Russia’s fortune and growth prospects remain tied to its most important economic partners in the Euro area and its main export products: oil and gas. In the last decade Russia grew at around 6 percent (if we exclude the crisis year of 2009 - 4.7 percent on average otherwise).
In the past, given the buoyant oil revenues, Russia followed a pro-cyclical growth model of stimulating domestic demand, partly through public investment projects and partly through increasing public wages and other public income sources such as pensions.
If the prices of oil and gas were to drop in the near future, Russia’s growth model might be in need of urgent adjustment.
At present, growth in Russia is experiencing great headwinds of external and domestic nature, which could jeopardize its medium-term growth outlook. Growth slowed to 1.4 percent in the first half (H1) of 2013, compared to 4.5 percent in H1 2012. One reason for this was sluggish external demand. Falling exports and lower resource prices reduced the trade surplus to US$91.6 billion (9.1 percent of GDP) in H1 2013, from US$108.3 billion (11.5 percent of GDP) in H1 2012. For most of the first half of 2013 oil prices were around US$ 100/bbl.
Lower oil prices in H1 were immediately translated into lower federal oil revenues (dropping from 11.2 percent of GDP to 9.8 percent). The Federal Government reacted and exercised higher control over budget spending during the first seven months of 2013. Federal expenditures declined in January-July 2013 to 19.1 percent of GDP from 20.9 percent of GDP during the same period in 2012.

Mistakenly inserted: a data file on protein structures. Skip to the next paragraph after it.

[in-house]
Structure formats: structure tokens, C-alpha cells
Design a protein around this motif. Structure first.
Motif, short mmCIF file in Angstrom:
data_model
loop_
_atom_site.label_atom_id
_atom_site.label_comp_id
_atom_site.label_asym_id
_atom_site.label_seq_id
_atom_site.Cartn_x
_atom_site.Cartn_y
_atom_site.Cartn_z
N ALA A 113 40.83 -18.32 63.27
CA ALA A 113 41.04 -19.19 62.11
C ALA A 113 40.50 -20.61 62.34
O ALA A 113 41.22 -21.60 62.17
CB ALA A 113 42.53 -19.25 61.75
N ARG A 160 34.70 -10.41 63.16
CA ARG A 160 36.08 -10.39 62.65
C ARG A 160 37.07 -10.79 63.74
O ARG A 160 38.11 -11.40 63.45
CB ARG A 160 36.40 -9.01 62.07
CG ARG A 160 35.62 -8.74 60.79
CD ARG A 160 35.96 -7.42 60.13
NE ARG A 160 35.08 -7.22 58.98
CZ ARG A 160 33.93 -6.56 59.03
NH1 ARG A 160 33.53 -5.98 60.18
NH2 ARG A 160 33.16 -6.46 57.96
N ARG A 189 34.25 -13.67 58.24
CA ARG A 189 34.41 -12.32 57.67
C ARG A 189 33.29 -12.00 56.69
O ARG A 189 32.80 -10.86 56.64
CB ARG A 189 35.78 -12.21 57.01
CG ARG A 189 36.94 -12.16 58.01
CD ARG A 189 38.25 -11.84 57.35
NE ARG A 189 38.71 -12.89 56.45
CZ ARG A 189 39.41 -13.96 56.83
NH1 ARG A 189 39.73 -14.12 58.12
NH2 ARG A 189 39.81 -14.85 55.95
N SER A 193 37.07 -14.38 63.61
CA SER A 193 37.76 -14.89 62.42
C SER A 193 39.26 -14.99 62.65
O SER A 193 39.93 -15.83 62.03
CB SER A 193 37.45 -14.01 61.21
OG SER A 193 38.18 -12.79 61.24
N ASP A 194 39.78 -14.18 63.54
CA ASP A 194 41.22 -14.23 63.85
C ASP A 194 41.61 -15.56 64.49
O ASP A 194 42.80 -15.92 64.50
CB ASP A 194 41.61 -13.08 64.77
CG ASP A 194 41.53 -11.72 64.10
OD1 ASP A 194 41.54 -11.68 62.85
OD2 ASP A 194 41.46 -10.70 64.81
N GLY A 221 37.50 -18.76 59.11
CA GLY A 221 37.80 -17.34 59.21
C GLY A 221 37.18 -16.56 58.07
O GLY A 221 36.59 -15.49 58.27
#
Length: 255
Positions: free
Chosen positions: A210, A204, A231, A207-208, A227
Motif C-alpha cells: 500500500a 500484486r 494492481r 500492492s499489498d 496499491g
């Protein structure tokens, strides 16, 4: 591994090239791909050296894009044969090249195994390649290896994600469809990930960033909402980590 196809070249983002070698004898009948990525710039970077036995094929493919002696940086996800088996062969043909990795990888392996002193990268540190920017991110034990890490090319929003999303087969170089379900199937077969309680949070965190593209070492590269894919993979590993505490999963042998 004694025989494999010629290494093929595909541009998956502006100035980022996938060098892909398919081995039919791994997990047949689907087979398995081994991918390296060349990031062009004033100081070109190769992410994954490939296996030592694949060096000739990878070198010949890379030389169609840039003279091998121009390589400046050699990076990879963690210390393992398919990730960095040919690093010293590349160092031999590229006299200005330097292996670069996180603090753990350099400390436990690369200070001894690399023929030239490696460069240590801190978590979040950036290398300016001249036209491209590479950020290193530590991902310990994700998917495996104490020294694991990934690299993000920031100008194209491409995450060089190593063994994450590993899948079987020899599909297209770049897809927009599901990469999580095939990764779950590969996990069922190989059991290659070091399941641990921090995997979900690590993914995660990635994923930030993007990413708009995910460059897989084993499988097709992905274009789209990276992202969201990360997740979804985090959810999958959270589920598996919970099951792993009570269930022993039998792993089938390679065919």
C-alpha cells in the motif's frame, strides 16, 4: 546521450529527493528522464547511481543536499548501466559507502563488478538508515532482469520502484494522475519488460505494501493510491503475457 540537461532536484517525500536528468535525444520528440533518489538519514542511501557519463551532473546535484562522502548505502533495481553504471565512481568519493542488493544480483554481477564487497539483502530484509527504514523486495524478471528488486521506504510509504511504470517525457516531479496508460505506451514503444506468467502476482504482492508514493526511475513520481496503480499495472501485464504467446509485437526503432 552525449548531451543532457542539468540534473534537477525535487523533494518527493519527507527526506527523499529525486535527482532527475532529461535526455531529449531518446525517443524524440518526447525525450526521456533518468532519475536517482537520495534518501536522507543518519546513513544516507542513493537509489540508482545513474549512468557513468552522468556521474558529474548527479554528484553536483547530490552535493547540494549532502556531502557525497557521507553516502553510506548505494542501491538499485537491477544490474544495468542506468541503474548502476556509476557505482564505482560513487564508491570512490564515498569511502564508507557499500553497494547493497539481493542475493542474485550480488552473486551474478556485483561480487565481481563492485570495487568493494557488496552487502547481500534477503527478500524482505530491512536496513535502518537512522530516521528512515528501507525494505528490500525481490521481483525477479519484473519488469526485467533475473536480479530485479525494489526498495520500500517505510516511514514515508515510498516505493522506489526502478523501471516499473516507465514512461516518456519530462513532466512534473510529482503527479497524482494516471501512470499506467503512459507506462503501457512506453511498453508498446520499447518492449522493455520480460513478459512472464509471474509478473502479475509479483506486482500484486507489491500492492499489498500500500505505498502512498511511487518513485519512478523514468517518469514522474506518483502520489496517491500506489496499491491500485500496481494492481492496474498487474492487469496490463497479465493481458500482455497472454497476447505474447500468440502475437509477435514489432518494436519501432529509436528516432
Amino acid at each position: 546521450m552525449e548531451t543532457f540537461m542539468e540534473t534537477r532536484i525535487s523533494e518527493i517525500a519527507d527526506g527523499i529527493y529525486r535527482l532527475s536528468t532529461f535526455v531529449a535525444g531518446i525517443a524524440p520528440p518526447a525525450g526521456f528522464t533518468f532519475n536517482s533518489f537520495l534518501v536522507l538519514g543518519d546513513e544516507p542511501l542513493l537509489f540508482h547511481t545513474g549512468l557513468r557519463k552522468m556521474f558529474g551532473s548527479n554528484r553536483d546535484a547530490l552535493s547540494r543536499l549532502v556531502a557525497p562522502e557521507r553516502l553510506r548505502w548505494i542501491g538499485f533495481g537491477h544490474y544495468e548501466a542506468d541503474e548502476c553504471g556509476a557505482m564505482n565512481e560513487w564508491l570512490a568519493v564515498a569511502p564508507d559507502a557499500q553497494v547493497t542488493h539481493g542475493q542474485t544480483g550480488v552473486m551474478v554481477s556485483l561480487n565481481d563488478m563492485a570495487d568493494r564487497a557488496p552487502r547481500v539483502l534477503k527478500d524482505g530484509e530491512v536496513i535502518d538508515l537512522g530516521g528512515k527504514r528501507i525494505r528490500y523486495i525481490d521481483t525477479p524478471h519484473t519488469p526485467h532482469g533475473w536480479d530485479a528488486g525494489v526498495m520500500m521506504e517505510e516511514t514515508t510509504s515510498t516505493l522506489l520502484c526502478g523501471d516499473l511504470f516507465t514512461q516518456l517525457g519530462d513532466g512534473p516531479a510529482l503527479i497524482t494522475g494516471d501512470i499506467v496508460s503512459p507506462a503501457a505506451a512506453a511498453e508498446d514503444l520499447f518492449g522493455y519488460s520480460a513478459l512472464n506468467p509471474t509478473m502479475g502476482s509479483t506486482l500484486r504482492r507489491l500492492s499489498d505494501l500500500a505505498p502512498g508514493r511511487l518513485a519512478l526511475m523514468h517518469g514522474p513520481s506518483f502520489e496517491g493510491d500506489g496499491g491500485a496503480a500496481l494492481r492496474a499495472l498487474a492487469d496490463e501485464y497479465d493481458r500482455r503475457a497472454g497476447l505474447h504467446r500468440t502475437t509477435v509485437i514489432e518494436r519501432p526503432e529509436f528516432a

The World Bank’s recent Russia Economic Report projects that Russia’s growth will recover in 2014 to around 3 percent, with oil prices at around US$105 /bbl. However, with the budget situation in the US and the withdrawal of the monetary stimulus becoming more certain, the prospect of a sustained recovery is unsure and could contribute to lower global trade and growth impetus. Lower commodity prices are not inconceivable in this scenario. What would this mean for Russia’s outlook? We have developed an alternative scenario with a decrease in oil prices to US$80 /bbl, which illustrates the downside risks to our own forecast. The Ruble would depreciate by about 20 percent, the current account surplus would shrink in nominal terms and net capital outflows would double to -4.4 percent of GDP. The economy would contract by 2 percent and the budget would fall into deficit.
Table 1: Growth outlook with one time oil price shock in 2014
But, perhaps there is even more to worry about with respect to the health of the Russian economy and its medium-term growth prospects. In addition to Russia’s continued high external vulnerability to oil prices, and the risk of high volatility in external demand, we believe the economy will be facing binding constraints to domestic demand growth. The pace of future expansion will be held back by the economy operating near its full capacity. Recently, one could observe very high capacity utilization – over 80 percent and near pre-crisis levels when the economy was growing at 8 percent annually- and Russia had record low unemployment rates. Also, in H1 2013 non-tradable sector growth slowed dramatically. We see little dynamism in the manufacturing sector, which suffered from the high volatility of Russia’s growth in the past and also from the lack of competition. Unless a growth model which also includes supply-side constraint to growth in Russia will be more squarely implemented, target growth rates of 6-7 percent might be an elusive goal.
With this blog I hope to start a discussion about the weaknesses of the past growth model in Russia and what could be done to improve it. I look forward to reading your comments and views.